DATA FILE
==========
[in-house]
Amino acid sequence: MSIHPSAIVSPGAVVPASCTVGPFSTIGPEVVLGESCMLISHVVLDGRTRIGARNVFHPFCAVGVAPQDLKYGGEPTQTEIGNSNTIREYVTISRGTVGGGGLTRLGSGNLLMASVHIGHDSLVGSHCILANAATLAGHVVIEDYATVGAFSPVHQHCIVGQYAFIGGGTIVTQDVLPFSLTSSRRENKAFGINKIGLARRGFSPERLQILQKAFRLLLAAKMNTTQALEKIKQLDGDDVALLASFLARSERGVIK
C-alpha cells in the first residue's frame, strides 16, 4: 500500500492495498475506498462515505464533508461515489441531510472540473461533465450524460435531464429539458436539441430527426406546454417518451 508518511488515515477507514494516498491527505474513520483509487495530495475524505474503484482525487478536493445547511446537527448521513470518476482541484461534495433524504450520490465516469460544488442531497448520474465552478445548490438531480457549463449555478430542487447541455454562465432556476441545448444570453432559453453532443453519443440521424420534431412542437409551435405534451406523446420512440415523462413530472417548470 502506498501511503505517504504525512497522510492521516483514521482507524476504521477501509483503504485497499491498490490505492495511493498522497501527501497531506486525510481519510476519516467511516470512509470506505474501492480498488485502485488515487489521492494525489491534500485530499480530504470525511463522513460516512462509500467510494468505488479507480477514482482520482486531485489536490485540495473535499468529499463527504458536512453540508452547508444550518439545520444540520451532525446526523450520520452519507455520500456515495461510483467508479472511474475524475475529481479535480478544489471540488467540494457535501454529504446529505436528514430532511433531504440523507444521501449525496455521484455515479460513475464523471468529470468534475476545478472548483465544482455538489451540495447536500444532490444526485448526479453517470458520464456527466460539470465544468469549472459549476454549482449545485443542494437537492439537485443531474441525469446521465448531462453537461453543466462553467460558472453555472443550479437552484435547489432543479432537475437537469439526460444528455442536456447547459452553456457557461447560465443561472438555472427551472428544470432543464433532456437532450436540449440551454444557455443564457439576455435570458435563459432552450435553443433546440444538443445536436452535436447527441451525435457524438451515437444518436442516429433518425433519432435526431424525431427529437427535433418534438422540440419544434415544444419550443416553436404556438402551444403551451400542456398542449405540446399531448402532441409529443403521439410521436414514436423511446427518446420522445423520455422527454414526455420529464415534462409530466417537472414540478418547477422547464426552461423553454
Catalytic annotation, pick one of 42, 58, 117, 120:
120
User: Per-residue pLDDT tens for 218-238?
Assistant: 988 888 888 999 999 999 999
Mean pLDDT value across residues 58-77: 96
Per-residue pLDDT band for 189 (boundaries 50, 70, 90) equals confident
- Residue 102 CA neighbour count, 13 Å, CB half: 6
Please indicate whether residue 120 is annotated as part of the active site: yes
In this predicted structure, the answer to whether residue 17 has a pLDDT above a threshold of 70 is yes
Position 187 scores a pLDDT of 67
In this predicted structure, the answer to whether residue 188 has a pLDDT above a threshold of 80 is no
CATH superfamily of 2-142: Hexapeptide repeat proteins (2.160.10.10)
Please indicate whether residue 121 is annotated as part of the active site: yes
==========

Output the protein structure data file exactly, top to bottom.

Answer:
[in-house]
Amino acid sequence: MSIHPSAIVSPGAVVPASCTVGPFSTIGPEVVLGESCMLISHVVLDGRTRIGARNVFHPFCAVGVAPQDLKYGGEPTQTEIGNSNTIREYVTISRGTVGGGGLTRLGSGNLLMASVHIGHDSLVGSHCILANAATLAGHVVIEDYATVGAFSPVHQHCIVGQYAFIGGGTIVTQDVLPFSLTSSRRENKAFGINKIGLARRGFSPERLQILQKAFRLLLAAKMNTTQALEKIKQLDGDDVALLASFLARSERGVIK
C-alpha cells in the first residue's frame, strides 16, 4: 500500500492495498475506498462515505464533508461515489441531510472540473461533465450524460435531464429539458436539441430527426406546454417518451 508518511488515515477507514494516498491527505474513520483509487495530495475524505474503484482525487478536493445547511446537527448521513470518476482541484461534495433524504450520490465516469460544488442531497448520474465552478445548490438531480457549463449555478430542487447541455454562465432556476441545448444570453432559453453532443453519443440521424420534431412542437409551435405534451406523446420512440415523462413530472417548470 502506498501511503505517504504525512497522510492521516483514521482507524476504521477501509483503504485497499491498490490505492495511493498522497501527501497531506486525510481519510476519516467511516470512509470506505474501492480498488485502485488515487489521492494525489491534500485530499480530504470525511463522513460516512462509500467510494468505488479507480477514482482520482486531485489536490485540495473535499468529499463527504458536512453540508452547508444550518439545520444540520451532525446526523450520520452519507455520500456515495461510483467508479472511474475524475475529481479535480478544489471540488467540494457535501454529504446529505436528514430532511433531504440523507444521501449525496455521484455515479460513475464523471468529470468534475476545478472548483465544482455538489451540495447536500444532490444526485448526479453517470458520464456527466460539470465544468469549472459549476454549482449545485443542494437537492439537485443531474441525469446521465448531462453537461453543466462553467460558472453555472443550479437552484435547489432543479432537475437537469439526460444528455442536456447547459452553456457557461447560465443561472438555472427551472428544470432543464433532456437532450436540449440551454444557455443564457439576455435570458435563459432552450435553443433546440444538443445536436452535436447527441451525435457524438451515437444518436442516429433518425433519432435526431424525431427529437427535433418534438422540440419544434415544444419550443416553436404556438402551444403551451400542456398542449405540446399531448402532441409529443403521439410521436414514436423511446427518446420522445423520455422527454414526455420529464415534462409530466417537472414540478418547477422547464426552461423553454
Catalytic annotation, pick one of 42, 58, 117, 120:
120
User: Per-residue pLDDT tens for 218-238?
Assistant: 988 888 888 999 999 999 999
Mean pLDDT value across residues 58-77: 96
Per-residue pLDDT band for 189 (boundaries 50, 70, 90) equals confident
- Residue 102 CA neighbour count, 13 Å, CB half: 6
Please indicate whether residue 120 is annotated as part of the active site: yes
In this predicted structure, the answer to whether residue 17 has a pLDDT above a threshold of 70 is yes
Position 187 scores a pLDDT of 67
In this predicted structure, the answer to whether residue 188 has a pLDDT above a threshold of 80 is no
CATH superfamily of 2-142: Hexapeptide repeat proteins (2.160.10.10)
Please indicate whether residue 121 is annotated as part of the active site: yes